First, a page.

The Nebraska Supreme Court heard oral arguments Thursday on whether Nebraska's death penalty sentencing system is constitutional because it gives three-judge panels the final say in capital murder cases.
Death row inmate John Lotter's attorney, Rebecca Woodman, argued that because Nebraska's system requires judges, not juries, to make critical conclusions on facts necessary to impose a death sentence, and doesn't require proof of those facts, it violates the Sixth and 14th amendments.
That includes whether aggravating circumstances are sufficient for death, and outweigh the mitigating circumstances.
Nebraska juries do not decide both aggravating and mitigating circumstances in capital cases.
"At the outset, I'd like to repeat something that this court has said on many occasions," Woodman said. "And that is, in capital cases this court takes great care to ensure that the administration of the death penalty in Nebraska is administered in conformity with constitutional requirements."
Lotter was sentenced to death for his role in the 1993 killings of Brandon Teena and two witnesses, Lisa Lambert and Philip DeVine. Thomas Nissen is serving life sentences for the part he played in the crimes. Lotter, 46, has maintained his innocence in the killings at a Humboldt farmhouse.
Woodman argued that based on a 2016 U.S. Supreme Court decision in Hurst vs. Florida, all death sentences issued under Nebraska's system should be overturned. The Supreme Court struck down a death penalty sentencing scheme that allowed judges to impose those sentences in Florida.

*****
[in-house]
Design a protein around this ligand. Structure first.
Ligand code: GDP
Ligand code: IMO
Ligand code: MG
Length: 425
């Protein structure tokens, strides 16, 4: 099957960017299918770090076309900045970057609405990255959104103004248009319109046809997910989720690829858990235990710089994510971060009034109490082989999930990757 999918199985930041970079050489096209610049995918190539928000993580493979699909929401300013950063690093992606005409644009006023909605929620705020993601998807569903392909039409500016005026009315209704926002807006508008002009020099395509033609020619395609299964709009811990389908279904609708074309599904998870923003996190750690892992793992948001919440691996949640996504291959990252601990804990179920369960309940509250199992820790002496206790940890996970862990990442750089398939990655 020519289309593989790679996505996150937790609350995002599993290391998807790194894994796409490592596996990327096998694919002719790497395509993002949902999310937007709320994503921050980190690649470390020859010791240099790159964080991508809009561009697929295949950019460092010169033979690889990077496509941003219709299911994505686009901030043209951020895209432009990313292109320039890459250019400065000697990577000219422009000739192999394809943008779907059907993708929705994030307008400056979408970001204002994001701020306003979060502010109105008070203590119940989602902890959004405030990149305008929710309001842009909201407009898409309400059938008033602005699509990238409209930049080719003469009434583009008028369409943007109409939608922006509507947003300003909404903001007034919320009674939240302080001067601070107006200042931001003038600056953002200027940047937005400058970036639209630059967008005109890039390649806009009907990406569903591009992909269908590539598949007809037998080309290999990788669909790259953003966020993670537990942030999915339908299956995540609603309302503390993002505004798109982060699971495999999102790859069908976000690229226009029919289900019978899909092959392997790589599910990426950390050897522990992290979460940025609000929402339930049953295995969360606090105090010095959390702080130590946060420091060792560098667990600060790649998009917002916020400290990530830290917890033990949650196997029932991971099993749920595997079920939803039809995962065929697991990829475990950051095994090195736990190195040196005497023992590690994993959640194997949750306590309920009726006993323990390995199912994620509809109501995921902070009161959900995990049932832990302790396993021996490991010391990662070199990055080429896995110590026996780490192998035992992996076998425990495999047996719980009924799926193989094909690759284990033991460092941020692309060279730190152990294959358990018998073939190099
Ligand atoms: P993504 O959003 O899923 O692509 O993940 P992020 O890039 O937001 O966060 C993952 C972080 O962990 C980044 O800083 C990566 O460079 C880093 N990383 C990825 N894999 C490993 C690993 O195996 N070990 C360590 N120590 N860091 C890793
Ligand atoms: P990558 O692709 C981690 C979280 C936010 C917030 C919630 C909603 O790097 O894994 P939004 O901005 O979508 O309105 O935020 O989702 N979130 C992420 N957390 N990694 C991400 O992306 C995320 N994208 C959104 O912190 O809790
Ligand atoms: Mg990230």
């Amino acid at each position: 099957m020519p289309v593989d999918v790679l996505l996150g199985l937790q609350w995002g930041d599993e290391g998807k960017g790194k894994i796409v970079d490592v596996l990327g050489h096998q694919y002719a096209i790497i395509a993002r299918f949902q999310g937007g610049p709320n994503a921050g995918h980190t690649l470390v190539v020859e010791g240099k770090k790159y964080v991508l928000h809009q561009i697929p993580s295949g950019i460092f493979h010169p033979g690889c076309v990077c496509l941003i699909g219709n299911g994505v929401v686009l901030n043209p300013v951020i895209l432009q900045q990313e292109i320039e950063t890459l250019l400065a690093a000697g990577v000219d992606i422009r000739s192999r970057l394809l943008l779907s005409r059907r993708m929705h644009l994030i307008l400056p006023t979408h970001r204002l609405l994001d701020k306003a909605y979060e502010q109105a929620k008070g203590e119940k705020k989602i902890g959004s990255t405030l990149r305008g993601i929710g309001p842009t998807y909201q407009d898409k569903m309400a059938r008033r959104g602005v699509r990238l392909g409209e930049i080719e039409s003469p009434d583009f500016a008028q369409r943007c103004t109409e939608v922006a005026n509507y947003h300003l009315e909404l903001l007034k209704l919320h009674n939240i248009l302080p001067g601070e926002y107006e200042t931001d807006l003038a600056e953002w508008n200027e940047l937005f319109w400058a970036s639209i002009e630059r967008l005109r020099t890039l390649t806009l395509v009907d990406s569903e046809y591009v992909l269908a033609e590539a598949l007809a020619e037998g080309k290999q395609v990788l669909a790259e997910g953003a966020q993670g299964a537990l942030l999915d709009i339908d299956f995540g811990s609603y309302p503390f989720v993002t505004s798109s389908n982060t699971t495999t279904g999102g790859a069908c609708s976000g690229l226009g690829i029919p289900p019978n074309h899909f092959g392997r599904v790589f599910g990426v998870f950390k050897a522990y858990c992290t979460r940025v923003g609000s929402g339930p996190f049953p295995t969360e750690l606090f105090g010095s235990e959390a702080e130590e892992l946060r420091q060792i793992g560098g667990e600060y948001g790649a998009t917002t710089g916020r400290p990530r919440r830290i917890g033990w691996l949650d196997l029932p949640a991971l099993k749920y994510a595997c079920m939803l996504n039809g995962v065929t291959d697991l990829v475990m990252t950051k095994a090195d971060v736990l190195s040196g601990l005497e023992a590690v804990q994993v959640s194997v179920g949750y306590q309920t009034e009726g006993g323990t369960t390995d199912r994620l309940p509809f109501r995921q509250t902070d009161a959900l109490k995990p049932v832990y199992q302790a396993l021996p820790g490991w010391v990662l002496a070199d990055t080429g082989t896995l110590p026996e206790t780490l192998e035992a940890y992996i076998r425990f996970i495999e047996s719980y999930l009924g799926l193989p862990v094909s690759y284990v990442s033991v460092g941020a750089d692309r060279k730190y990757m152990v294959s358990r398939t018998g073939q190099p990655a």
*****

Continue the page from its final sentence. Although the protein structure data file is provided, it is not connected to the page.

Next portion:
A death sentence cannot be imposed under Nebraska law unless and until a panel of three judges gives additional findings that the aggravators are sufficient for death, and that they outweigh the mitigating factors.
Woodman said the Alabama Legislature had a similar sentencing structure and changed its statute to comply with the Hurst case ruling. Florida and Delaware are the only states that examined the precise issue she presented to the court, and both have held the statute to be unconstitutional, she said.
At least two justices questioned Woodman's arguments.
Nebraska Solicitor General James Smith said a recent 8th U.S. Circuit Court of Appeals decision in a South Dakota case denied a similar Hurst claim because it was not retroactive and the jury had found three aggravating circumstances beyond a reasonable doubt.
The Florida case was a "clean-up case," he said, because that state had not updated its capital sentencing structure after an earlier Ring vs. Arizona Supreme Court decision.
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Lotter had already raised the same issue in federal court and it was rejected by the district judge and the 8th Circuit, Smith said. The U.S. Supreme Court didn't take up the appeal.
"I think the district court got it right," Smith said.
The Nebraska Supreme Court took the case under advisement and will rule at a later date.